Money laundering is the primary danger to the stability of any market, and the European Union (EU) is not an exception. How it negatively affects the economy and the market is through distortions deriving from the legalization of the money gained from illegal business activities. The European Union fights this problem by adopting laws and regulations.
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One of the examples of such regulations is the package of anti-money laundering and counter-terrorist financing laws including the Fourth EU Anti-Money Laundering Directive. Its full name is Directive (EU) 2015/849 of the European Parliament and the Council on the prevention of the use of the financial system for money laundering or terrorist financing (“Directive (EU) 2015/849 of the European Parliament and the Council” 73). It was published on 20 May 2015, and on 26 June the same year entered into force. The governments of the EU member states are expected to bring their national legislation into compliance with the provisions of the Directive within the next two years, before 2017.
This Directive is fourth of a kind, and it amends the previous Directive of 2005. For this purpose, it is referred to as the Fourth EU AML Directive, and the previous version is hence known as the third EU AML Directive. It was adopted after the two years of fierce debate on the necessity to strengthen the EU anti-money laundering and counter-terrorist financing system. Initially, the need to implement this legislation was empowered by the Financial Action Task Force (FATF) established in 1989.
It was the authority apparatus that recommended the adoption of the First Directive in 1991 and provoked its revisions up to this version. The motivation for the update is that the financial environment and the ways of illegal activities aimed at money laundering and financing terrorism constantly change, that is why regulations guaranteeing its safety and stability should be revised and updated on a timely basis (Hutton par. 9).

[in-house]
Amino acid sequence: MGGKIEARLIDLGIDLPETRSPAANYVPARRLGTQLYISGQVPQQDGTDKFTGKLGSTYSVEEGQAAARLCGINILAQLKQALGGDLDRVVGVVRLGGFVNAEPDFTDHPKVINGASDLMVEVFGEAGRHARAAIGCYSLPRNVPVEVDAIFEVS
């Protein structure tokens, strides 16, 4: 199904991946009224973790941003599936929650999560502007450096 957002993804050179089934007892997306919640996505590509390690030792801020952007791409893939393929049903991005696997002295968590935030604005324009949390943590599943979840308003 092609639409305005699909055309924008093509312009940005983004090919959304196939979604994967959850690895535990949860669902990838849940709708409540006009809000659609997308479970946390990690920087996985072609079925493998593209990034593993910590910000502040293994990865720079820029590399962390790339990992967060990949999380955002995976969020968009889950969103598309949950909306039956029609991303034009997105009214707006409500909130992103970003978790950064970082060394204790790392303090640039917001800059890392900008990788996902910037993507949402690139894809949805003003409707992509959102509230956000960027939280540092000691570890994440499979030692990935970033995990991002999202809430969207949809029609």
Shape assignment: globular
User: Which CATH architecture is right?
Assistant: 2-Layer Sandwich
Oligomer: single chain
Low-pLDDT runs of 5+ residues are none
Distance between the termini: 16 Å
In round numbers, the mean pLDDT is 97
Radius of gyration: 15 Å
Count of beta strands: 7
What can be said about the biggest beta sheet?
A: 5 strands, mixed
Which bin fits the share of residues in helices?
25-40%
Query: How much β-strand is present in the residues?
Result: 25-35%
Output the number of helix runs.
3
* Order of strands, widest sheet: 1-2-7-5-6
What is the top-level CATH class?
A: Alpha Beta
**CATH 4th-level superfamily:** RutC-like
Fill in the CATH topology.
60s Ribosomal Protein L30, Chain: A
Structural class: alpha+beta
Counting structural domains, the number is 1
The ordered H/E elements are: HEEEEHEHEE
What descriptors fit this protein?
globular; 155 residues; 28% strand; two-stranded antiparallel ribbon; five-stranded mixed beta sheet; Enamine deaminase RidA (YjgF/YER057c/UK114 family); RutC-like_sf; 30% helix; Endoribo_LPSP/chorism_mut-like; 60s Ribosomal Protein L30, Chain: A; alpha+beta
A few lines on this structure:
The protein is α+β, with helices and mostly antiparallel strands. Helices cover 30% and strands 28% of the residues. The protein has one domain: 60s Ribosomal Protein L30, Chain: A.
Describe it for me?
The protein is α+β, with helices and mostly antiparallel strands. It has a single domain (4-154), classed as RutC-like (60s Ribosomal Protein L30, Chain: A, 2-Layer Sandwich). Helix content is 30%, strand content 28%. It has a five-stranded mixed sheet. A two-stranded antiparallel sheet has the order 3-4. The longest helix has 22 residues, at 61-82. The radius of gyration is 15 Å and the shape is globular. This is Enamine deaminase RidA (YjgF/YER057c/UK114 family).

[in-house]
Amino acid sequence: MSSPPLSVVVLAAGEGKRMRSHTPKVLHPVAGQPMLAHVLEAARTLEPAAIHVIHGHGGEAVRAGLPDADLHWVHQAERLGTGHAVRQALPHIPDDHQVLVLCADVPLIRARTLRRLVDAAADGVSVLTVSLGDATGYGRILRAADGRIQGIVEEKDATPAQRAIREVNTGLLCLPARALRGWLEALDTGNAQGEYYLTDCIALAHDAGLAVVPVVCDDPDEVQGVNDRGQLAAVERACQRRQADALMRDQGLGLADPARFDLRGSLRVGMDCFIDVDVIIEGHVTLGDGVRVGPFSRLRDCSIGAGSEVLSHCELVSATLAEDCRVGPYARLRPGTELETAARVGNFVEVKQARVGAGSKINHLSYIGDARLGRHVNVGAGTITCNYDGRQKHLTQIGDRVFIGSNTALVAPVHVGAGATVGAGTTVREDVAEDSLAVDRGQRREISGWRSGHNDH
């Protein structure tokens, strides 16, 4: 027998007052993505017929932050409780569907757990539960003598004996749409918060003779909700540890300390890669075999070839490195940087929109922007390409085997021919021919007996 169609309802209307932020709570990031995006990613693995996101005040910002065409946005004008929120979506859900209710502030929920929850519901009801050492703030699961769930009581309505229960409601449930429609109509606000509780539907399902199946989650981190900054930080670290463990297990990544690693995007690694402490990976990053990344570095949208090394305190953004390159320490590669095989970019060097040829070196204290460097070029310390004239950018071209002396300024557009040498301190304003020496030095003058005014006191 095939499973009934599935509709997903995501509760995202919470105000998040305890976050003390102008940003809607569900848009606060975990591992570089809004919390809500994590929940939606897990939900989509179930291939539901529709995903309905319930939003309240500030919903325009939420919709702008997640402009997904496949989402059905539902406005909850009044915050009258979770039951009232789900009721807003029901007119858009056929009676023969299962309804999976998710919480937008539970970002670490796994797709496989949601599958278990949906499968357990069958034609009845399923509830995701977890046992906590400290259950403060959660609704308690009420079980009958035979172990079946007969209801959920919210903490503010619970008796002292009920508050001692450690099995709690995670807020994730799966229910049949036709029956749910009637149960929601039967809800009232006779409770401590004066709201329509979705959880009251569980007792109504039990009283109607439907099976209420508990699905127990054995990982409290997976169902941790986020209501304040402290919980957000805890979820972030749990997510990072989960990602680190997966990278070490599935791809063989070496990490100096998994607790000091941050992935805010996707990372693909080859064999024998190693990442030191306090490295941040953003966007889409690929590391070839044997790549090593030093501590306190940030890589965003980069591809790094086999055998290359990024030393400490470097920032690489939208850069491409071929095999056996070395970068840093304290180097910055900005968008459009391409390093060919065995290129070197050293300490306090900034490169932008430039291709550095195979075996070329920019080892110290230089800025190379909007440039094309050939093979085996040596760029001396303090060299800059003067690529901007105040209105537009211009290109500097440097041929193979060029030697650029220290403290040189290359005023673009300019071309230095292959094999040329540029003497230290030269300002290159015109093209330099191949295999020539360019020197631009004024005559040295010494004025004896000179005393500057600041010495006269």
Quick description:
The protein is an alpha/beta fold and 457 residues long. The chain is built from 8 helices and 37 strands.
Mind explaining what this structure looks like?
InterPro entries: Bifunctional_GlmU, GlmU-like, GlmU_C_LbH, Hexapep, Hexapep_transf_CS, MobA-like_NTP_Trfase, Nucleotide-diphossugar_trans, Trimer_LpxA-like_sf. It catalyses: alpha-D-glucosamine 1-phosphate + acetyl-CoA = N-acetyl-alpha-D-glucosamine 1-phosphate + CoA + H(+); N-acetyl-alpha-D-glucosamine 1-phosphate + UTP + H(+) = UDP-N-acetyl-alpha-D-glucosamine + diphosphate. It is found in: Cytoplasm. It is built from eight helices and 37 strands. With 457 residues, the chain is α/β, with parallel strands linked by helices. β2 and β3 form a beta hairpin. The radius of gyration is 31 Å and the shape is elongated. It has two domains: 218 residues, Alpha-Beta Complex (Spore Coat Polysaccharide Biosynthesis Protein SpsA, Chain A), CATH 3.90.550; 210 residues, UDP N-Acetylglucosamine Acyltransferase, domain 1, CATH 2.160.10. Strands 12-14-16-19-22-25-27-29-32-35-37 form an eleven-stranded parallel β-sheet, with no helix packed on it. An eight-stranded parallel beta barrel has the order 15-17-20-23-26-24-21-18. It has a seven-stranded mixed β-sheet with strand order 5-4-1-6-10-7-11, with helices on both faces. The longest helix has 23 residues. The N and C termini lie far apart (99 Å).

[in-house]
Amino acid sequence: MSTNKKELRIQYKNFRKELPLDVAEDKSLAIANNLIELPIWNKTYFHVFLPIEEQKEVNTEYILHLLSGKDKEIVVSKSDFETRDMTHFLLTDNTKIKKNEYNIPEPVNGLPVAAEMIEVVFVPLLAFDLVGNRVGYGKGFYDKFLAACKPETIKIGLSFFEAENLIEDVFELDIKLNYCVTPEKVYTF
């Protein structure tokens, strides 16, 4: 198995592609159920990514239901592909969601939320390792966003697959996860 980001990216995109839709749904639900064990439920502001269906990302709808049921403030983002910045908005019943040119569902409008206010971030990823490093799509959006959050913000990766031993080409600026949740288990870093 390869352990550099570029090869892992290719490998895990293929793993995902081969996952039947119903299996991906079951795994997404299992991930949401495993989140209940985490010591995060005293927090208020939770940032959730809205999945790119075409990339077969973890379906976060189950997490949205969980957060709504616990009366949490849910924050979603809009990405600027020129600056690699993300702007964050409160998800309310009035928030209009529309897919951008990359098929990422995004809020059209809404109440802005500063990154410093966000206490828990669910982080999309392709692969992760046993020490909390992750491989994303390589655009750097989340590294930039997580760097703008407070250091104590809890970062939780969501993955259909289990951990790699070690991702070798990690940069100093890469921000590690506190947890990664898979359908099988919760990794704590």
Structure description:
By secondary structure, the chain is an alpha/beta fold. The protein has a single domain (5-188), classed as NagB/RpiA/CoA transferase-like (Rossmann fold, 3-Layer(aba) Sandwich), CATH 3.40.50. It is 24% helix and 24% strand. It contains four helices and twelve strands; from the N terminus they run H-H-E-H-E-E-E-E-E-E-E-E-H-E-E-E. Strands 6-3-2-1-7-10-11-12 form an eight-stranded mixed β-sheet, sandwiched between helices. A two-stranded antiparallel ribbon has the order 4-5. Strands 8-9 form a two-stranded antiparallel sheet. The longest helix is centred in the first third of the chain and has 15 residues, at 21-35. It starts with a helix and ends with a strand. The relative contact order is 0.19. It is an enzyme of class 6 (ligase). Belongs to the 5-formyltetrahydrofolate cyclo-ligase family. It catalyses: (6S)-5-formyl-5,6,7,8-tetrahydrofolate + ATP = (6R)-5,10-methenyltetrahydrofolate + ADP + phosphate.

The Fourth EU Anti-Money Laundering Directive offers some new provisions. For example, it sees the protection of the financial system and market stability through using the risk-based approach that implies the assessment of risks of money laundering and terrorist financing at all levels – local, national, and European. Risk assessment at the local and national levels should be conducted by the authorized organs of the national government of the European Union member states.
As of the European level, it lies in the hands of the European Commission (“Directive (EU) 2015/849 of the European Parliament and the Council” 76). The primary objective of this comprehensive approach is to diminish the risk of money laundering and financing terrorism, thus guaranteeing the safety of the EU financial sector. It should be noted that the approach is individual for every country because it is based on the primary manufactured goods and provided services, geographical location, and the potential transaction and delivery channels of the illegal finance (Berglin et al. par. 13).
What is even more crucial is that such a risk-assessment policy should be implemented in every obliged entity. That means that each of these entities is obliged to make sure that each transaction it makes is safe and bears no threat to the stability of the EU financial sector. This step can meet some hardships in implementation, as it requires overall awareness and appropriate levels of skills of every employee. Together with that, the stress is made on the fact that if the provisions are softer than the national legislation, then these are the national laws that should be applied to developing the mechanism for risk assessment and bringing it to life (Coppini par. 50), so, the primary attention is focused on the safety of the financial sector.
Second, the Directive proposes the update of the due diligence principle through the know-your-customer concept. This provision rests upon the various verification procedures and imposing limits on the customer’s operations with the electronic funds. The primary idea behind it is that if the entity knows its customer together with the family members, the customer’s interests and needs, and monitors the expenditures, it will guarantee the protection of the EU financial sector and diminish the risk of money laundering and financing terrorism (“Directive (EU) 2015/849 of the European Parliament and the Council” 74).
The point here is that this process of monitoring is based on numerous limitations to the customer’s freedom in using electronic financial services. For example, it can be used only for paying for goods and services and the sum of the purchase should not exceed the established level of EUR 250 (“Directive (EU) 2015/849 of the European Parliament and the Council” 91). Similar steps will help ensure the system or, at least, track the source of the potential threat. The only challenge left is the cash sector.